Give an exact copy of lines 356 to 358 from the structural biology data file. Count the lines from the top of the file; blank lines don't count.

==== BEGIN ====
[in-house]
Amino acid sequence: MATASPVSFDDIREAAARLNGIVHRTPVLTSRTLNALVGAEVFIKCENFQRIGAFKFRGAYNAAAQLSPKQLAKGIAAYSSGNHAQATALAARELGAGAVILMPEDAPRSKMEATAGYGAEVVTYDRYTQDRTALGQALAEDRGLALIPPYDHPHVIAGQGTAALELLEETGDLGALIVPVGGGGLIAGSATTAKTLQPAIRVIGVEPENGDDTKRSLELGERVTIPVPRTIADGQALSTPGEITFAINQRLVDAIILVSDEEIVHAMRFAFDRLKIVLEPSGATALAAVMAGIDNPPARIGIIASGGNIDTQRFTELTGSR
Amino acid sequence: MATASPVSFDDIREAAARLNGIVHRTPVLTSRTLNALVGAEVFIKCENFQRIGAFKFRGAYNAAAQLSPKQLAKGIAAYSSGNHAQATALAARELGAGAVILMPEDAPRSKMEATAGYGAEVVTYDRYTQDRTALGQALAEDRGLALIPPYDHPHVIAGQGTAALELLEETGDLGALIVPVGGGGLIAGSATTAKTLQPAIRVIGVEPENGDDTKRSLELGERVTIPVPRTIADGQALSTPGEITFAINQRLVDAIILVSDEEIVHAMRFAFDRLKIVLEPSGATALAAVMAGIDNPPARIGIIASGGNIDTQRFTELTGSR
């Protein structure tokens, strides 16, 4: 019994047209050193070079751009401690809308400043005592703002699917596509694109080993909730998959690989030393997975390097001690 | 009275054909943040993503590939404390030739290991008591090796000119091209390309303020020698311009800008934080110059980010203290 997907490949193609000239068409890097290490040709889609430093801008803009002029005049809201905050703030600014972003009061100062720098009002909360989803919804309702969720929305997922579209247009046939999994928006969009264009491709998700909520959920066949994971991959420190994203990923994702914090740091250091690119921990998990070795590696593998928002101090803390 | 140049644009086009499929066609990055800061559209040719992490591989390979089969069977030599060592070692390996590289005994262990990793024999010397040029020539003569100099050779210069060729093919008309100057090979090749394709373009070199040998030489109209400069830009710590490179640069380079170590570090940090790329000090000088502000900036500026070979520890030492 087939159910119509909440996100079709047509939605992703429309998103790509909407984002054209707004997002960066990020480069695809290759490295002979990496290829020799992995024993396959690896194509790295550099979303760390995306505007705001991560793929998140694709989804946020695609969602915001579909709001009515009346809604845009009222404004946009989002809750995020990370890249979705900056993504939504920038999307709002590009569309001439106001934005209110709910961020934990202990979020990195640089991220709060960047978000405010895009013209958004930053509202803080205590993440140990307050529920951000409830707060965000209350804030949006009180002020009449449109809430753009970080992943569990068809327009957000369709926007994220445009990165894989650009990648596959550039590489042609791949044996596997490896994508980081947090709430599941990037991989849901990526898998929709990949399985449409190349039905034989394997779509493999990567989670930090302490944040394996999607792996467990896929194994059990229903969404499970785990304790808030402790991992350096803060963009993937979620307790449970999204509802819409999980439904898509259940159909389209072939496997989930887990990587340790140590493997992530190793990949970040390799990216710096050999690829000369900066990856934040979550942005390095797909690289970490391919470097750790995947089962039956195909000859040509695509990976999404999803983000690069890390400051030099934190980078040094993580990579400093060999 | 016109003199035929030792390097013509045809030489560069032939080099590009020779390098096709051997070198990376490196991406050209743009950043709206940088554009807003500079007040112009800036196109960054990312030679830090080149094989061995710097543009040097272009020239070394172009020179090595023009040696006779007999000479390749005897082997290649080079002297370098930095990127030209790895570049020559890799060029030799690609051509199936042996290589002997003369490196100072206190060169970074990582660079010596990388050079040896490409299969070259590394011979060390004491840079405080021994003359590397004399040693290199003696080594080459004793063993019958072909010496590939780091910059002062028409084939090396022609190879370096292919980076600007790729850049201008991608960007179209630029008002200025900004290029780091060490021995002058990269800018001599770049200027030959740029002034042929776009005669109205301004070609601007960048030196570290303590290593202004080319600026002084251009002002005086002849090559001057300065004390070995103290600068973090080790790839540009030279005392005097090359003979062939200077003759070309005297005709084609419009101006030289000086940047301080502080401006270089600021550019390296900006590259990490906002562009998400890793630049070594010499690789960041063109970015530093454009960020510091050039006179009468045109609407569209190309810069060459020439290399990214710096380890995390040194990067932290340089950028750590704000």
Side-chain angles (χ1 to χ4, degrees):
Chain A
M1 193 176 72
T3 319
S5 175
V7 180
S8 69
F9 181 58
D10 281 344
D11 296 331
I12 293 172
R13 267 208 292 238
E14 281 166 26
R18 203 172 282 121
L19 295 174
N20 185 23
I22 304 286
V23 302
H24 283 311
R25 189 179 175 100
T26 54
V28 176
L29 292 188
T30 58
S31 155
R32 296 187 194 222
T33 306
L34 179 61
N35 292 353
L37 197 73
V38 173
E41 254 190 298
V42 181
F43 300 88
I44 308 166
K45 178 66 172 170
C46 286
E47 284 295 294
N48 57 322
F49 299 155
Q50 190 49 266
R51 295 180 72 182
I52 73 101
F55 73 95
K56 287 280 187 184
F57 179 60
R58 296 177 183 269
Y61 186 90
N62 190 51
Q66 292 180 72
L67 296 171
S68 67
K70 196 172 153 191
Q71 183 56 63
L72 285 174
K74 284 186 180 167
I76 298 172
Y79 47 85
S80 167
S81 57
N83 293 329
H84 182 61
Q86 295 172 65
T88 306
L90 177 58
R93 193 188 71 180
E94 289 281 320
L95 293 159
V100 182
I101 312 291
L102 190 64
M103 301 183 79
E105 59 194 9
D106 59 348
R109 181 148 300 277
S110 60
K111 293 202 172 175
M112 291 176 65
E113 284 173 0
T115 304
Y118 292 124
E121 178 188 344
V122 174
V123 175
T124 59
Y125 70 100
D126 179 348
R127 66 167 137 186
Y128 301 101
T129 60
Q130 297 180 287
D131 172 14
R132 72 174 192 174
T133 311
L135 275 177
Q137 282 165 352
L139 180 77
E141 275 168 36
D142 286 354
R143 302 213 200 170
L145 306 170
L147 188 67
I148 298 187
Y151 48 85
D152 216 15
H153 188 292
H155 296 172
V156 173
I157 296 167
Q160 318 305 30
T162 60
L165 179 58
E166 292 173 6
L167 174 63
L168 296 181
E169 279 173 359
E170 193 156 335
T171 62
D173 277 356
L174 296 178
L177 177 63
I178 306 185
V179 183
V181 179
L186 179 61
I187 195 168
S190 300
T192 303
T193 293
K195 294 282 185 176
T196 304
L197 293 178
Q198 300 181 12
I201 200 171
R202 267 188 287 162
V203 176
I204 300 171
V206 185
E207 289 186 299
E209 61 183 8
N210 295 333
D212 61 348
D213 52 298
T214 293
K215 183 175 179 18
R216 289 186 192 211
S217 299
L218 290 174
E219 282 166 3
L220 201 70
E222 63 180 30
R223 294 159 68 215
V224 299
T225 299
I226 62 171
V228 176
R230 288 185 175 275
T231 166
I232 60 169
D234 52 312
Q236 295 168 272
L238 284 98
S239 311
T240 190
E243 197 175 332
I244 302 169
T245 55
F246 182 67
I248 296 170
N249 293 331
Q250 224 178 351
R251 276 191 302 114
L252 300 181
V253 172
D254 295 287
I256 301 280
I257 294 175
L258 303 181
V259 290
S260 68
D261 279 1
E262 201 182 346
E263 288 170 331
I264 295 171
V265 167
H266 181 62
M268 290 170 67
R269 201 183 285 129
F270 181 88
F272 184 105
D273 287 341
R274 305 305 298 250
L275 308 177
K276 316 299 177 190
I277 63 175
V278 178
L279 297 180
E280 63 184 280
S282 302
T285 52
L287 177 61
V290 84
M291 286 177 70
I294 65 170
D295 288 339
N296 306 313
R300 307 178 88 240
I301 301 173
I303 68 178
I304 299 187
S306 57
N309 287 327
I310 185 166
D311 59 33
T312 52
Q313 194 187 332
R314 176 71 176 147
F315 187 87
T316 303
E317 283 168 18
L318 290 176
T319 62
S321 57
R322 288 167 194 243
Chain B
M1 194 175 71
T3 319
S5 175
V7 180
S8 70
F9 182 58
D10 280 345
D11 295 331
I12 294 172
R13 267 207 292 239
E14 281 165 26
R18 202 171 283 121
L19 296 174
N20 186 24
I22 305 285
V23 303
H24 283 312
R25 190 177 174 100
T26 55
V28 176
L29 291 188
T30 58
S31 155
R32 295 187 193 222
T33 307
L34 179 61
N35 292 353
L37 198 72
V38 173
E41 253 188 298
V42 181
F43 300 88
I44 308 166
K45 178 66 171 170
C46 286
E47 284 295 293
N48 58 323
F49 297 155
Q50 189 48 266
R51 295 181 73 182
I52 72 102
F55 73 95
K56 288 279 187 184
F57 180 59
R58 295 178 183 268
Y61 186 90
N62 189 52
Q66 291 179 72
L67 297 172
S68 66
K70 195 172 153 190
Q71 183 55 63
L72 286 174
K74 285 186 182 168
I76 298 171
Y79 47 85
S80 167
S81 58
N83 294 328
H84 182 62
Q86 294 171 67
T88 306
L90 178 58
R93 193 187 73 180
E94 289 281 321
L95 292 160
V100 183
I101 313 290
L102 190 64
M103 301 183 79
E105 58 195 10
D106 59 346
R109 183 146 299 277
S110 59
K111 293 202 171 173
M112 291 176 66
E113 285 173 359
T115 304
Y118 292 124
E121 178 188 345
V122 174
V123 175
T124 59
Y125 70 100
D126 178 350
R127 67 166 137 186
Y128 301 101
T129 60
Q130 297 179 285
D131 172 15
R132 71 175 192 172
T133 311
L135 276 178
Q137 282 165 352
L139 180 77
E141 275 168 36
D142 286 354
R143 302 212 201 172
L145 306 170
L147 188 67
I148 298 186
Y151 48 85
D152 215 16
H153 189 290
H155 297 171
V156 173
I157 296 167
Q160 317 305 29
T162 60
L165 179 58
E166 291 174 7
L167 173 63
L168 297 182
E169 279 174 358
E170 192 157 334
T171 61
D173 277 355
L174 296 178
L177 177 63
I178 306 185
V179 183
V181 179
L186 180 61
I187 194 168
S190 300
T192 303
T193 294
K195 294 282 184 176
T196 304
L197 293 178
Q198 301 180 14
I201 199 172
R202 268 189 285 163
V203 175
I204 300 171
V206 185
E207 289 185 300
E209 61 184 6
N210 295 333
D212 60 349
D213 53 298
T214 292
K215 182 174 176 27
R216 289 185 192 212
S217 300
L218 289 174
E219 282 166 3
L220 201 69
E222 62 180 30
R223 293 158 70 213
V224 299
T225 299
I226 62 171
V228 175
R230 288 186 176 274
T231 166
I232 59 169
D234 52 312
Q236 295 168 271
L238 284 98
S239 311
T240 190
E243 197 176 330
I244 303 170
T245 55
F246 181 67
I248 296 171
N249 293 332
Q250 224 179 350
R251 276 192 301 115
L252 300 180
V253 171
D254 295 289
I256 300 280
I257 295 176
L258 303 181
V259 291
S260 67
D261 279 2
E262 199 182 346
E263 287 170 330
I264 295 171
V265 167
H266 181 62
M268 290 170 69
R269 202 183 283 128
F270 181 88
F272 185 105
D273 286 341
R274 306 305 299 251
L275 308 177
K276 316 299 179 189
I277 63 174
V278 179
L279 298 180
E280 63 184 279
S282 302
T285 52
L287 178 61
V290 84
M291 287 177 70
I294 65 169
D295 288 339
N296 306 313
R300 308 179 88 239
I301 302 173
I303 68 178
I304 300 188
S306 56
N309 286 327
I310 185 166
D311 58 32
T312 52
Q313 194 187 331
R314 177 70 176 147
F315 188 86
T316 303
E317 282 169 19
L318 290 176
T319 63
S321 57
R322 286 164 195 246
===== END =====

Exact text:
T193 294
K195 294 282 184 176
T196 304